let repllist = split(repls, '\zs')
  let trans = {}
  for i in range(len(diaclist))
    let trans[diaclist[i]] = repllist[i]
  endfor
  execute a:line1.','.a:line2 . 's/['.diacs.']/\=trans[submatch(0)]/gIce'
endfunction
command! -range=% RemoveDiacritics call s:RemoveDiacritics(<line1>, <line2>)

Each alternative script above defines the :RemoveDiacritics command, and the command accepts a range which defaults to the whole buffer. Some examples follow (type the first couple of letters of the command then press Tab for command completion, or press the up arrow for command history):

:RemoveDiacritics               " whole buffer
:.RemoveDiacritics              " current line
:'<,'>RemoveDiacritics          " last selected range of lines

See ranges for more information.

ReferencesEdit

CommentsEdit

Sorry for being away for so long.

Fritzophrenic, Chrisbra, JohnBot and JohnBeckett: thank you very much for improving the script and the tip!

@Fritzophrenic, thanks for suggesting the command, I started using this approach for similar tasks. I wasn't aware of the problems in multibyte encoding, but for sure it is better to make it robust. In my opinion it is easier to maintain the diacritic signs and its replacements in a single string (easier to type, line is shorten so it is less likely to added a new diacritic char and forgetting to add its replacement), so I agree with Chrisbra, approach:
let diacCharsList=split(diacChars, '\zs')

I didn't understand the changes to the References section, but that is probably because I'm new to wiki editing. I'd be glad if someone can explain that to me :)

Here are the original intentions:

1) http://en.wikipedia.org/wiki/Diacritic As English is not my first language, I spent some time to find a keyword when I was searching for a way to remove the diacritical signs. When I posted the tip I thought that if it already existed and I've found it, my first reaction would be "what is diacritical??" - and probably my first guess would be that it is Vim parlance.

2) http://stackoverflow.com/questions/765894/can-i-substitute-multiple-items-in-a-single-regular-expression-in-vim-or-perl After I've give up searching for an existing way of replacing the diacritic characters and decided to create the script, I spent some time thinking on how to write it. I had the idea of performing all the changes with a single :s, but was unable to figure out how. Therefore I copied it from another person, and referencing that page was intending to given him the credit for the implementation.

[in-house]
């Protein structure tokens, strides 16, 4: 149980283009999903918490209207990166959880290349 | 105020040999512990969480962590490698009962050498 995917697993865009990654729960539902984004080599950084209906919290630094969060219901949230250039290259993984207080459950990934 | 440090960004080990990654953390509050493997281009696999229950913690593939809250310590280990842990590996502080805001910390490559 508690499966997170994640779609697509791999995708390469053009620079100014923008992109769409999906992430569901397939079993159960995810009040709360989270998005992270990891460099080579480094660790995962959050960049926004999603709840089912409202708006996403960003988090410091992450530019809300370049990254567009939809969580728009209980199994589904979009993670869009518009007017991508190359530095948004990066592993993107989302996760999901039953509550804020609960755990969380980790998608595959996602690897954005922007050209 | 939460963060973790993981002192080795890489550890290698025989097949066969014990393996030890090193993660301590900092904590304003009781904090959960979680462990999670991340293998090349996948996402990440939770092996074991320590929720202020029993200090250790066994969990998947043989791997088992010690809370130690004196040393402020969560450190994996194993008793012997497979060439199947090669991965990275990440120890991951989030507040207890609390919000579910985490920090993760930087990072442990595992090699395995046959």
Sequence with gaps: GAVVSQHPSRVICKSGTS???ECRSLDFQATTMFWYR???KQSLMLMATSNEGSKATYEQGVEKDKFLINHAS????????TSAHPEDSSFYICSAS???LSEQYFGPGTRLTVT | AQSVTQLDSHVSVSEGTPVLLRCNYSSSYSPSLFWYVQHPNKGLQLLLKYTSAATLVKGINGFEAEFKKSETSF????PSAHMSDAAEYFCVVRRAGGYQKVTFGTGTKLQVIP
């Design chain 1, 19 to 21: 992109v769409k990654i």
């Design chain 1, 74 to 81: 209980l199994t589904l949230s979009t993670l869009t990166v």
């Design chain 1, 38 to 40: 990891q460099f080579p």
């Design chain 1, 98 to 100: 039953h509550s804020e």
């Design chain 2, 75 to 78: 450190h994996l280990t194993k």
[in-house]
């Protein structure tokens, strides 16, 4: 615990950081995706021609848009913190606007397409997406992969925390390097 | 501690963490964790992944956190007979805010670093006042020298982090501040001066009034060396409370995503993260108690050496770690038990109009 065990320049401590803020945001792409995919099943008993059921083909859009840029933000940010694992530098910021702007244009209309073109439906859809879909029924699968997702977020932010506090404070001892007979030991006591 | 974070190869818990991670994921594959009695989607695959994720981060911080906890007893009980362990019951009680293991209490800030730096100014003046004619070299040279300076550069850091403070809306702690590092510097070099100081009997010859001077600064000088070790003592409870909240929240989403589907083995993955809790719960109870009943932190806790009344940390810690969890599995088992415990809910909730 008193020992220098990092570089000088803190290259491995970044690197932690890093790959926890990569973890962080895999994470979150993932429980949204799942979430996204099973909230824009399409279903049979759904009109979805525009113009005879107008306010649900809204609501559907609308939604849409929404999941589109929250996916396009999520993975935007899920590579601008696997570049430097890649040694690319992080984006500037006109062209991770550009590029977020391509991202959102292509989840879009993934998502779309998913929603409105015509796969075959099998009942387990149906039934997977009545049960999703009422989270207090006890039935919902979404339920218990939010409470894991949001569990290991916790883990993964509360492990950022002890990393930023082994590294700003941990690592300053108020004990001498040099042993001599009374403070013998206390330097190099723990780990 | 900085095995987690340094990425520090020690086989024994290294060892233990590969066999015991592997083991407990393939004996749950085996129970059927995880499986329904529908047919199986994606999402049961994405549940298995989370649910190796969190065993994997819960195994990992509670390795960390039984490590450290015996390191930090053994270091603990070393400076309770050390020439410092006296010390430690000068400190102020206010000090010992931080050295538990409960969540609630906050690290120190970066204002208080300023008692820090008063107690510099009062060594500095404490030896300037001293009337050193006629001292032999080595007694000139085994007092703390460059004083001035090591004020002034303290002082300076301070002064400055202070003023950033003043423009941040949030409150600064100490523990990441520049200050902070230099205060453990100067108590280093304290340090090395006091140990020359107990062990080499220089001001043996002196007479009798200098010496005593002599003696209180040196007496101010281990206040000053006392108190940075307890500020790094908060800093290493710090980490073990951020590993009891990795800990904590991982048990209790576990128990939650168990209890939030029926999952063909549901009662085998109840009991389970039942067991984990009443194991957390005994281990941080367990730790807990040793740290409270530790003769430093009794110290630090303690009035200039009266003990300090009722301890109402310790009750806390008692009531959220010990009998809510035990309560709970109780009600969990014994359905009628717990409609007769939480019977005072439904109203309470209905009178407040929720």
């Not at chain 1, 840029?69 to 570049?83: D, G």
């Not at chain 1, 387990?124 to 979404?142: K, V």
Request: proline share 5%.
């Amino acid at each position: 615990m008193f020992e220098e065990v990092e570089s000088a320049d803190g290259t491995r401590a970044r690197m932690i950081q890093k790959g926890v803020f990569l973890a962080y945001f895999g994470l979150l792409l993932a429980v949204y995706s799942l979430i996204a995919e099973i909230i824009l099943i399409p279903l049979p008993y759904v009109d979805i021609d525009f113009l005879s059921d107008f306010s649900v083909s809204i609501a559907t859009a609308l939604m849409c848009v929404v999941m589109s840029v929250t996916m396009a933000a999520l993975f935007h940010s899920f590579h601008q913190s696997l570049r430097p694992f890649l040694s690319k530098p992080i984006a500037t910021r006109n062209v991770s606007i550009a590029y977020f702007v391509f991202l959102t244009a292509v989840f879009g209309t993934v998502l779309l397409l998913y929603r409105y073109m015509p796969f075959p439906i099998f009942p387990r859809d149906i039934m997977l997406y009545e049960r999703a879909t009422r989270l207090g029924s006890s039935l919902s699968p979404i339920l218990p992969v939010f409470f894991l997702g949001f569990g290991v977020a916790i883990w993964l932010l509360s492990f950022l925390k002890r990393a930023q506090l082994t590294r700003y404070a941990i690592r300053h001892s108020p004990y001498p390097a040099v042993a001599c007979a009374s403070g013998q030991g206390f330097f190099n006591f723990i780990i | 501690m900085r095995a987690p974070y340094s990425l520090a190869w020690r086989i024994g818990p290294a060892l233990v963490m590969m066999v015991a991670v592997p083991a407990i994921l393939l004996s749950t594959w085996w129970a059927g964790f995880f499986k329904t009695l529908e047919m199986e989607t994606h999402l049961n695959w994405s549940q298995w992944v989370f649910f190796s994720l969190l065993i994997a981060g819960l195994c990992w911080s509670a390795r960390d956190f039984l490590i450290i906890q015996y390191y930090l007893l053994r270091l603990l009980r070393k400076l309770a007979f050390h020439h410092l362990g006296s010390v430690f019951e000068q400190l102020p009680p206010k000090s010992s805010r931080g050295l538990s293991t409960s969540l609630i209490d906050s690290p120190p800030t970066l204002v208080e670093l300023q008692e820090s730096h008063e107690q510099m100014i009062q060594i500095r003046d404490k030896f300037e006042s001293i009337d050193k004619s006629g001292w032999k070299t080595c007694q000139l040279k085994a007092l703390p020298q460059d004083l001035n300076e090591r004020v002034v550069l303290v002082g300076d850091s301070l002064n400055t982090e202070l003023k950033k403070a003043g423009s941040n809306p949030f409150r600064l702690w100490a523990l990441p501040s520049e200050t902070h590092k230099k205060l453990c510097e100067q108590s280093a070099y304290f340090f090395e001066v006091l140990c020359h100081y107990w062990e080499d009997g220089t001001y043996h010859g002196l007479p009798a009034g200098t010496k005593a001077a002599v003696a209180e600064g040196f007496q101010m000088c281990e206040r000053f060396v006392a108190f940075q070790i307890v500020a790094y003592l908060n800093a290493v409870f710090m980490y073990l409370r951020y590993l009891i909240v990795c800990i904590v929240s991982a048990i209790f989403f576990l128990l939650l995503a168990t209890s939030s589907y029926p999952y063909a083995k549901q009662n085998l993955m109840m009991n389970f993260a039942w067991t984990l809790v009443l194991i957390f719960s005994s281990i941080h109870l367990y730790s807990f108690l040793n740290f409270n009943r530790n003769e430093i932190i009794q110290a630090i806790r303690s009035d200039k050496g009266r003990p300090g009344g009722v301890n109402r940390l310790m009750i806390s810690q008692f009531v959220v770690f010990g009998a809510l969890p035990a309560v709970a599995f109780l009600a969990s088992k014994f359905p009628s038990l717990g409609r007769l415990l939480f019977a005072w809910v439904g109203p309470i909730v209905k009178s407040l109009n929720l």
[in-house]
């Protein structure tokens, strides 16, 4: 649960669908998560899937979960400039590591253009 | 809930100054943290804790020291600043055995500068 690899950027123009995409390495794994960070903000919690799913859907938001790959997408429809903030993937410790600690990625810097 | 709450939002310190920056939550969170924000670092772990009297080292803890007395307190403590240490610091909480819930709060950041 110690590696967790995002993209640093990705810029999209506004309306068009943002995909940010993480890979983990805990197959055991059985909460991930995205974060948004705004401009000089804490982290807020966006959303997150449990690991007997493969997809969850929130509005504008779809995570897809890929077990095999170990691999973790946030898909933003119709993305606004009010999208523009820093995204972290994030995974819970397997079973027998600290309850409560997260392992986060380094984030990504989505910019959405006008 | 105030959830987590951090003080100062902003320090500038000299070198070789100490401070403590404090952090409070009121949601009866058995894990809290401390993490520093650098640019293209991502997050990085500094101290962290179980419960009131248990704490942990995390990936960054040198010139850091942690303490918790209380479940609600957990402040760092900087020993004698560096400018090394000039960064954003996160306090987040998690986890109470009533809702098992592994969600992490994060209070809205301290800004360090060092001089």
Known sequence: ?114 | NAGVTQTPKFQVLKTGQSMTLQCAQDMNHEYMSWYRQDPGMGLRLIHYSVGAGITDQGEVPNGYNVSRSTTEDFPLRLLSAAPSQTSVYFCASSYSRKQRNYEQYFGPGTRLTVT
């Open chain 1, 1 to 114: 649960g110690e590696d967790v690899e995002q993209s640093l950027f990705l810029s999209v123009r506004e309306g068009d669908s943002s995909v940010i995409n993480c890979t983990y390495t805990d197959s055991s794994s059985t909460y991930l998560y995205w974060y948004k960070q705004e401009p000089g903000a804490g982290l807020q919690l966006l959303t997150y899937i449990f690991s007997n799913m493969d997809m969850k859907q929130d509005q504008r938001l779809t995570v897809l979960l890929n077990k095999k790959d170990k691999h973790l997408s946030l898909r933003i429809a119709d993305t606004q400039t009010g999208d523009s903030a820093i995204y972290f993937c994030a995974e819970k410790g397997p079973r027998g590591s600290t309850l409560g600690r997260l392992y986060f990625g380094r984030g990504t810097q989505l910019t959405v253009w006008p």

I thought that it could also be useful to understand the implementation. The comment line
"exe ":%s/[ãáâ]/\={'ã':'a','á':'a','â':'a'}[submatch(0)]/gIc"
was also with the purpose of explaining the unusual line for someone attempting to change/improve it.

Thanks -- marcmontu - 12:37, Friday, July 13, 2012 (UTC)

We remove comments after a decent amount of time has passed so readers can see useful material more clearly. My April 6 comments can be seen by following the history tab that used to be visible at the top of each page (thanks Wikia!), or more simply here. I put the Wikipedia link in the first line of the tip: "(with diacritics)". There's nothing particularly helpful on the Stackoverflow page, and whereas you might have got an idea from there, it's pretty hard to tell where the idea originally came from. We can't give credits (although it is in the history) because just above every sentence of a useful tip uses ideas gleaned from reading the Vim mailing lists, or other tips, or other websites. Likewise, other places with Vim info can't give proper credits either. You might like to copy the "Read more" section from below to your user page (User:Marcmontu) because it's a bit of place here. JohnBeckett (talk) 03:39, July 14, 2012 (UTC)
OMG the "read more" section is something added by Wikia, and has existed since 2010! Perhaps we had it disabled here and something has enabled it? Or a recent upgrade of something has changed the way it looks, so I wasn't aware that it is an automated nuisance from Wikia? For my curiosity, I'm adding a magic word that may or may not remove it from this page. JohnBeckett (talk) 09:04, July 19, 2012 (UTC)

__NORELATEDARTICLES__

If you have Linux and glibc, can you please try my plugin Diacritic? It's more universal, because it uses iconv command to transliterate. --Haisaul (talk) 14:35, September 24, 2014 (UTC)